What are injections for osteoporosis?
There are a number of drug treatments for osteoporosis, some of which can be given in the form of an injection. The most common of these are zoledronic acid, which is given as a drip once per year for 3 years and denosumab which is given as an injection under the skin once every 6 months. The latter is a human antibody that deactivates the biological mechanism responsible for breaking down bone but does not prevent bone formation.
How do injection treatments work?
The body is constantly breaking down and rebuilding bone. Osteoporosis occurs when bone is broken down more rapidly than it is made, leading to hollow spaces appearing in the bone, like a honeycomb, weakening the structure.
Zoledronic acid is a bisphosphonate like alendronic acid. It slows down the cells which break down bone while having a lesser effect on the bone forming cells. Accordingly, it increases bone density as measured by DEXA scanning and reduces fracture rates.
Denosumab is a human monoclonal antibody that can be produced in a laboratory to make osteoporosis injections. It targets the RANK ligand – a biological process in the body essential in breaking down bone. By targeting the RANK ligand, the injections slow the rate of bone breakdown while not having such a profound effect on bone formation. It improves osteoporosis as measured by DEXA and reduces the risk of a broken bone.
What are the side-effects of osteoporosis injections?
The common injectable therapies can both reduce the blood calcium level quite quickly, but this can be avoided by ensuring that patients have good levels of vitamin D before the injection as well as ensuring that kidney function is normal.
As both the common injections slow down the bone remodelling process, they could have other long term consequences for the bones, including atypical fractures in the major long bone in the leg (femur) and osteonecrosis of the jaw, although both are extremely uncommon in patients receiving these drugs for osteoporosis.
Zoledronic acid can give flu-like symptoms after the first injection, which can last 2-3 days and are partly reduced by taking paracetamol or ibuprofen. While osteonecrosis of the jaw does occur, it is extremely rare and the risk can be reduced by ensuring that patients have good dental health before treatment. Use of the drug is best avoided in those who may be planning invasive dental treatment such as dental implants.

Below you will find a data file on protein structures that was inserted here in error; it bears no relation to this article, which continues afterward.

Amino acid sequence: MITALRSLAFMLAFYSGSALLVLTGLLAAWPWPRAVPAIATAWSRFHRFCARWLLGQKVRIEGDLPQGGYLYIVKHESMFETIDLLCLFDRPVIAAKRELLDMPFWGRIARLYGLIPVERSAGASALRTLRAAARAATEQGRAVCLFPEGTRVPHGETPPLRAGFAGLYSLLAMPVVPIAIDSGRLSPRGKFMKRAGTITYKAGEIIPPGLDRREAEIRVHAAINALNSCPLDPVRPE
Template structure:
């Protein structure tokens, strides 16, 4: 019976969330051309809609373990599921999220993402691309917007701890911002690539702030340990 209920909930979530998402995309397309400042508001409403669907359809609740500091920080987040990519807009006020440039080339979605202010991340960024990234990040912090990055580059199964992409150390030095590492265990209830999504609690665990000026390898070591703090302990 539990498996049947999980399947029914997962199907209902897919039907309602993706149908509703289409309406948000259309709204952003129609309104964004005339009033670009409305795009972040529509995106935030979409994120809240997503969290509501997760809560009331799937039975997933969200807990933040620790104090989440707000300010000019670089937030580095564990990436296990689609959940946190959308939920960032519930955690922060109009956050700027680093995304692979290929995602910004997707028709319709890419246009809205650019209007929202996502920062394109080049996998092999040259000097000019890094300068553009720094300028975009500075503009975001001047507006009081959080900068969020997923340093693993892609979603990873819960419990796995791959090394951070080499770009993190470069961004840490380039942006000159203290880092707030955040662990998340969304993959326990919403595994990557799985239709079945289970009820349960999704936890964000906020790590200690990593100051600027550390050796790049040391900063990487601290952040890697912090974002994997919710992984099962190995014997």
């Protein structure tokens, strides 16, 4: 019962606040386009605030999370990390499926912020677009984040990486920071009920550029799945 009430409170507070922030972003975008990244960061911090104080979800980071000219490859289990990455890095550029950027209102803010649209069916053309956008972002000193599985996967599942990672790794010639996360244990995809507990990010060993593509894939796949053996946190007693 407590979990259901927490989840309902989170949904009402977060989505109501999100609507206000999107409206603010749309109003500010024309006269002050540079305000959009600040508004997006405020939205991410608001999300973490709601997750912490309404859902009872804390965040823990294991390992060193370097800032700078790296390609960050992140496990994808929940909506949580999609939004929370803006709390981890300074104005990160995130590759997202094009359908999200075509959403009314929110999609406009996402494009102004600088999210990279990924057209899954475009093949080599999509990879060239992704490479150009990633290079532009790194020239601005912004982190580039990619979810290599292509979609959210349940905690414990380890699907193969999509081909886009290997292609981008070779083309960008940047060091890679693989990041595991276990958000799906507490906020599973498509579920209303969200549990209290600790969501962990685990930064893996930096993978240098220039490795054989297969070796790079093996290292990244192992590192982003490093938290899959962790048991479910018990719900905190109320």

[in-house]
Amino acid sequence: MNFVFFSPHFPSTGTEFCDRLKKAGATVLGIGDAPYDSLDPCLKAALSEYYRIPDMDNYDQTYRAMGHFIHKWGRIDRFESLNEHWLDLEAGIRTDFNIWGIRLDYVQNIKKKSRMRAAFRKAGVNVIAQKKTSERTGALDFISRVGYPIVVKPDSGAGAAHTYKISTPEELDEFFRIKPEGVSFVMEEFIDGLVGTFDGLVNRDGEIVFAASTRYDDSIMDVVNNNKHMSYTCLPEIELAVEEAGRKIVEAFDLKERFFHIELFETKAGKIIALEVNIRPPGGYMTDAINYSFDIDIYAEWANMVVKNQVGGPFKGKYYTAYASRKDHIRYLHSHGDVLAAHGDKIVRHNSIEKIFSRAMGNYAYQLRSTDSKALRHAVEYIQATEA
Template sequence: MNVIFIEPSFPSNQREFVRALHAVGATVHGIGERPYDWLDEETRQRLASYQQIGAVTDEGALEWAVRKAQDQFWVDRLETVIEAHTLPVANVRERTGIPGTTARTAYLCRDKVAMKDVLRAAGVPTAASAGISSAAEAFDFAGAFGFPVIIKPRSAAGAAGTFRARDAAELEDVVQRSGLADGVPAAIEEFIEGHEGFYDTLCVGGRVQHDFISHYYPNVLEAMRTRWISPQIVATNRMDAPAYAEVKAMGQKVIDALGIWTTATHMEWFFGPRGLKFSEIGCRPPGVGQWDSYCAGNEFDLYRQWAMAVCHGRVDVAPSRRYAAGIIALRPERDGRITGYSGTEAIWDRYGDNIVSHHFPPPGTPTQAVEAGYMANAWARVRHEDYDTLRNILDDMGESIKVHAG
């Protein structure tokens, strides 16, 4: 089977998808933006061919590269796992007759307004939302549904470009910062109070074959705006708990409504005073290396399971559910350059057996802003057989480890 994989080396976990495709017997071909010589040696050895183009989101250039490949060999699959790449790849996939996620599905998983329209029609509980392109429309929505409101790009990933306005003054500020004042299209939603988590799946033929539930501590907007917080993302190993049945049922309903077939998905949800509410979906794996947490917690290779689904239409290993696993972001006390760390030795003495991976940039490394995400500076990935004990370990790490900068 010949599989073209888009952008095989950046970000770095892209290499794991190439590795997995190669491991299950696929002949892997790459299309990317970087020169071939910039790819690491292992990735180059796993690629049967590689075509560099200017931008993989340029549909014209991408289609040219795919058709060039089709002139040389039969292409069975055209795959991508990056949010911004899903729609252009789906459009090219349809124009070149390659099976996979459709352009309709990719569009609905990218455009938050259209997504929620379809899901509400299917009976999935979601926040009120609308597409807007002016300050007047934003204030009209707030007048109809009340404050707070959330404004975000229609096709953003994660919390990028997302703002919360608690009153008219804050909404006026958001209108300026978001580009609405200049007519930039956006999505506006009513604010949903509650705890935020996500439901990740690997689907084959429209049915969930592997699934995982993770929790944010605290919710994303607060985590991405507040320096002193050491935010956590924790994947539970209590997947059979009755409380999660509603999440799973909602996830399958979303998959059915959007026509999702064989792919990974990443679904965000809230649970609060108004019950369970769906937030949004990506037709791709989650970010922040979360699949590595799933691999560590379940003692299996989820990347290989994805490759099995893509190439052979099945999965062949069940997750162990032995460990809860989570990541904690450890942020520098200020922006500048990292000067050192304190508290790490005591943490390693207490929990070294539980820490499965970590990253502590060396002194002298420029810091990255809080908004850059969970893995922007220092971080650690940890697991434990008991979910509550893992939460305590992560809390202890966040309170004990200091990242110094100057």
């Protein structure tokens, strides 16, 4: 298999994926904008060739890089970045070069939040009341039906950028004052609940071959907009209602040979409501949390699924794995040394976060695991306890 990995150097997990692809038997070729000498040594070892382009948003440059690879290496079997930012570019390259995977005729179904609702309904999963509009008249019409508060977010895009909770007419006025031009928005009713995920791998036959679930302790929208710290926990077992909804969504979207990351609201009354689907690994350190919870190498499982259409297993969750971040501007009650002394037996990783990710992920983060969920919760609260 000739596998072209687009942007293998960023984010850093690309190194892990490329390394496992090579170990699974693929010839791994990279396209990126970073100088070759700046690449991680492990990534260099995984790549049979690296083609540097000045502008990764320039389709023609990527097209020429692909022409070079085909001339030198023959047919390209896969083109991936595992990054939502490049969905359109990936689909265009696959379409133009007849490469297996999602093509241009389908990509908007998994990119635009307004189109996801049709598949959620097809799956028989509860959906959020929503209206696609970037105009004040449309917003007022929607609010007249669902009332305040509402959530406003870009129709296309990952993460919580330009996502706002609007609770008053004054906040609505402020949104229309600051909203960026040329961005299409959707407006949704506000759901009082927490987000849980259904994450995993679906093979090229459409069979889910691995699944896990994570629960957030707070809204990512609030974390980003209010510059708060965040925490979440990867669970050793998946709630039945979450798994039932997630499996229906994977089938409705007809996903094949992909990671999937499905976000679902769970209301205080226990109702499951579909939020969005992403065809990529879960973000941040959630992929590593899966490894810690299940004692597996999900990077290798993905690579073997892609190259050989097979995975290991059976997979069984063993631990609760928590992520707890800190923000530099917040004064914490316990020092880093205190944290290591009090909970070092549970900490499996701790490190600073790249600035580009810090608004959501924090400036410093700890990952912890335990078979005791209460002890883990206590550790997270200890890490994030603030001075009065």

Denosumab is a more recent development than zoledronic acid for osteoporosis treatment, and the long-term side-effects are slowly becoming known. Clinical trials and follow-up carried out over 8-10 years show that atypical femoral fractures and osteonecrosis of the jaw do occur, but may be even rarer than with other osteoporosis treatments. As bone breakdown recovers in part between injections, the drug is not retained in the bone for long periods. This means that, in principle, planned dental surgery could be undertaken in a short break between treatments. However, stopping treatment can lead to significant bone loss and increase in fractures in the year after stopping, so if a patient has to stop taking denosumab, it is important for them to get advice on how best to stop the treatment.
Other reported side effects of the drugs include:
- Back pain
- Musculoskeletal pain
- Pain in the extremities
- Bladder infections
What do osteoporosis injections involve?
Zoledronic acid injections are mixed with a solution and delivered by a drip over at least 15 minutes, usually by a nurse specially trained to give intravenous injections.
The denosumab injection is given in a pre-mixed solution that is injected under the skin, usually of the upper arm, thigh, or stomach area. It is injected once every six months by a doctor or nurse.
The patient may well be advised to take calcium and vitamin D supplements in addition to their injection treatment.
How do you prepare for osteoporosis injections?
Before the injections, your doctor should take a full medical history. You should inform them of any allergies or health conditions that you have, including if you have ever suffered from anaemia or low levels of blood calcium. You should tell them about your dental health. The doctor will also want to ensure that you have had a recent check of your kidney function and vitamin D level.
Are their other injectable treatments for osteoporosis?
For those with very severe osteoporosis or at imminent risk of fracture, injectable treatments can be used to build new bone more rapidly than by giving zoledronic acid or denosumab. These bone-forming drugs work by activating the cells which lay down new bone while having a delayed and lesser effect on the bone breakdown systems. There is only one such drug currently available on the market in the UK: teriparatide, which is taken by the patient every day for two years. A newer drug called romosozumab, which is given under the skin just once a month for one year may well become available in the UK early part of 2019.